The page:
My car ('96 Ford Taurus) developed a transmission fluid leak and lost an unknown amount of fluid. I fixed the leak and began replacing transmission fluid but this has proved to be extremely tedious. This is my current process:

  1. Add half a pint of fluid
  2. Wait twenty minutes for all the fluid to drain from the filler tube so I can get an accurate reading on the dipstick
  3. Run the car for ten minutes so the fluid gets hot and I can get an accurate reading on the dipstick
  4. Go back to step one and repeat endlessly

Surely there is a better way to do this that is less time consuming, allows me to fill it up quickly and accurately, and saves me from having to spend my entire evening doing this. I am ready to be embarrassed, someone please tell me what I'm doing wrong.

1 Answer 1


Here's what you should be doing:

  1. Place your vehicle on a level area like a driveway.
  2. Ensure your vehicle is up to operating temperature and running.
  3. Pull the dipstick and with a clean cloth, wipe it off.
  4. Stick the dipstick back into the tube down to the bottom, then pull it out again immediately and check the level.
  5. Add an appropriate amount of fluid (half a pint is a good measure).
  6. Replace the dipstick back into the tube (if you don't you'll more than likely push fluid back up through the tube in the next step).
  7. Get back into the vehicle, with foot on the brake pedal and run the transmission slowly through the gears (Reverse, wait a second; neutral, wait a second; drive, wait a second), then back up through the gears the same way.
  8. Start over at step 3 until the desired level is reached.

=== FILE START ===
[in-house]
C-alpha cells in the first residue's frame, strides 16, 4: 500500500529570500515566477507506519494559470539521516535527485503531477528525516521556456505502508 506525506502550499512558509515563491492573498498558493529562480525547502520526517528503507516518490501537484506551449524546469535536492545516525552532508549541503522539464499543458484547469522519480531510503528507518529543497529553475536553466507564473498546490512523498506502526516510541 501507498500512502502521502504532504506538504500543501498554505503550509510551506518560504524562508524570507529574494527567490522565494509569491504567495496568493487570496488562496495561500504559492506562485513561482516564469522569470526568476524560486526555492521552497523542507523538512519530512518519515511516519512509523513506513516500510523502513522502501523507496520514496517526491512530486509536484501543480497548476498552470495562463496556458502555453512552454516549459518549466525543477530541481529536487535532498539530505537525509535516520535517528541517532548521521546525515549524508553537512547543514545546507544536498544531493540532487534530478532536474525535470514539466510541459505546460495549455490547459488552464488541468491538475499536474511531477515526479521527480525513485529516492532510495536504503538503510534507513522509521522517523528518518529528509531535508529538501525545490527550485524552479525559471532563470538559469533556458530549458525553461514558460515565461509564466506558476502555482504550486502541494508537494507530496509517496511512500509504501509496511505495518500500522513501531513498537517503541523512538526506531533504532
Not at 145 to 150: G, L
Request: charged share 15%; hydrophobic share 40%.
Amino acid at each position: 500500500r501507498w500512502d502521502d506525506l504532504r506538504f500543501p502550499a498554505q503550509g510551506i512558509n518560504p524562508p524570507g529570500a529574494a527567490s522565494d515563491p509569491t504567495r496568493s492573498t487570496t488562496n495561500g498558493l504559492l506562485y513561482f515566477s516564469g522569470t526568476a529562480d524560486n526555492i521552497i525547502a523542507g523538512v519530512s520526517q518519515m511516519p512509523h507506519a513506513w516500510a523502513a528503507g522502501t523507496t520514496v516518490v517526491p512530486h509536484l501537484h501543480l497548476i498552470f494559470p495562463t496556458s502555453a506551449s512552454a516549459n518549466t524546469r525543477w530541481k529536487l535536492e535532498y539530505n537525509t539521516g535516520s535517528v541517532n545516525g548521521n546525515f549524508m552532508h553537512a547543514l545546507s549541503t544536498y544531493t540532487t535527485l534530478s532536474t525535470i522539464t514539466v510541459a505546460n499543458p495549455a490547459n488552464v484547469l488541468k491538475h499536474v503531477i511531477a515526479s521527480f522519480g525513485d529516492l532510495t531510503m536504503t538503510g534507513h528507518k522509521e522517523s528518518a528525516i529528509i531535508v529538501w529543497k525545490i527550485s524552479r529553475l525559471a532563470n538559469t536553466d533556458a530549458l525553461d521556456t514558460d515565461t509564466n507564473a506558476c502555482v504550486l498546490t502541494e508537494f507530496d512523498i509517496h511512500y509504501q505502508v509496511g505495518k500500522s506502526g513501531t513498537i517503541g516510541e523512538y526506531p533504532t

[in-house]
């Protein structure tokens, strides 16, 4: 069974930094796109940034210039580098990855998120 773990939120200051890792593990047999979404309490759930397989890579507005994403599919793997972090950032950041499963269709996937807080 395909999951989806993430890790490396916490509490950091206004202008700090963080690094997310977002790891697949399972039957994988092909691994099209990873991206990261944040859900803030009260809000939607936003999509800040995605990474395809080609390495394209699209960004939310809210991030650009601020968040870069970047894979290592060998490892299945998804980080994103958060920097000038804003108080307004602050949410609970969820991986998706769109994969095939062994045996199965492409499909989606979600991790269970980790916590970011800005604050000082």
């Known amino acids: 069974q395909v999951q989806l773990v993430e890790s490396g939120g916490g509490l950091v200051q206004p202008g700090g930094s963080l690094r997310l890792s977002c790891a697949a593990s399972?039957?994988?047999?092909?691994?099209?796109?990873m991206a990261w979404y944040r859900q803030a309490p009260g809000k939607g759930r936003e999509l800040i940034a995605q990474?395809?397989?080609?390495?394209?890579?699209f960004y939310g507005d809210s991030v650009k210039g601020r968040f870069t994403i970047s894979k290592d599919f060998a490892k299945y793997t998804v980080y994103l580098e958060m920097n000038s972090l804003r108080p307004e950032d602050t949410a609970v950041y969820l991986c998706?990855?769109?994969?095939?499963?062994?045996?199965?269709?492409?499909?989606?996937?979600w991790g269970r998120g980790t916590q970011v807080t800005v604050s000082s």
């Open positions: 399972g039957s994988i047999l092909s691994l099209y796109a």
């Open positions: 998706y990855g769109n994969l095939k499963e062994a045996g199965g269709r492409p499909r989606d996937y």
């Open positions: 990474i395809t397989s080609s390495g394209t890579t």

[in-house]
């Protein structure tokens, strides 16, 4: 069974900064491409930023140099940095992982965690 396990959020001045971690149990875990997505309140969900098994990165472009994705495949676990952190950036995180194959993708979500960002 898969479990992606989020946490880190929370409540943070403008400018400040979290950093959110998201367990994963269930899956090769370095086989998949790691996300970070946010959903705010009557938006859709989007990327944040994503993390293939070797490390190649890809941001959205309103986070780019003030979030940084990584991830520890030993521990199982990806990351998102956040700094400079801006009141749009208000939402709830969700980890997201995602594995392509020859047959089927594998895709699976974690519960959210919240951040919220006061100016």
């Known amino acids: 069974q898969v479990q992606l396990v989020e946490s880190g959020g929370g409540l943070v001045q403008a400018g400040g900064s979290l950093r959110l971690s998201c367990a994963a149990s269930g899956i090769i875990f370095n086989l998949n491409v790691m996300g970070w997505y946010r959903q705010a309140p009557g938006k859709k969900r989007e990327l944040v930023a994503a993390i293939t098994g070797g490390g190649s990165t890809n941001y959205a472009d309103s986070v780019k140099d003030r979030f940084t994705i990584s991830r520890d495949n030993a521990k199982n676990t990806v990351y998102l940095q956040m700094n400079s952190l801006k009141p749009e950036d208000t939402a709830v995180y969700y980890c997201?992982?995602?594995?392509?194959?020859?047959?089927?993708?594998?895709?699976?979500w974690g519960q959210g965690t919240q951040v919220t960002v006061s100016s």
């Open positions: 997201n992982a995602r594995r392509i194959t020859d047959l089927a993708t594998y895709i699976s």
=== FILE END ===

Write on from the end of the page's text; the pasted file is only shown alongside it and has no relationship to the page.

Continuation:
Once the vehicle is up to operating temperature, you don't need to wait 20 minutes between each time you add fluid ... the temperature of the fluid in the transmission will bring it up to temp rather quickly. Also, and this is imperative, DO NOT OVERFILL YOUR TRANSMISSION. This will cause your transmission to spring another leak which will not fix itself.

EDIT NOTE: Check both sides of the dipstick for the proper level. Many times, due to a bend in the tube, the bottom side (whichever side that is at the time) of the dipstick will run down the sloped part of the tube and pick up residual fluid which resides on there. If you check the other side of the dipstick, you should see a distinct line of fluid (this should be the top side) which will give you a more accurate reading of fluid level.

  • This is what I tried but, when I replaced the dipstick at step 6, there would still be fluid coating the inside of the filler tube making it impossible to get a reading on the dipstick (since the whole thing is covered in residual fluid). That's why I started waiting 20 minutes. Is there a good way to avoid the residual fluid problem?
    – sirdank
    Feb 25, 2015 at 13:38
  • @sirdank ... You cannot get around the residual fluid, but is it actually residual, or is it higher than it should be? Running it through the gears should bring it down to the proper level. Something else to consider, some vehicles require you to check the fluid with the transmission in park, while others require it be in neutral. You never specified which model of vehicle you have, so cannot give you further instructions. Also, see edited note in the answer. Feb 25, 2015 at 13:47
  • Your edit is very helpful. After work, I'll try examining both sides of the dipstick to see if I can get a good reading. The vehicle in question is a '96 Ford Taurus. Owner's manual says to check it in park which I have been doing.
    – sirdank
    Feb 25, 2015 at 14:27
  • Making sure to keep one side away from the bend (rather than allowing the dipstick to twist as I insert it) and checking the clean side worked great. Thank you!
    – sirdank
    Feb 25, 2015 at 19:03

You must log in to answer this question.

Not the answer you're looking for? Browse other questions tagged .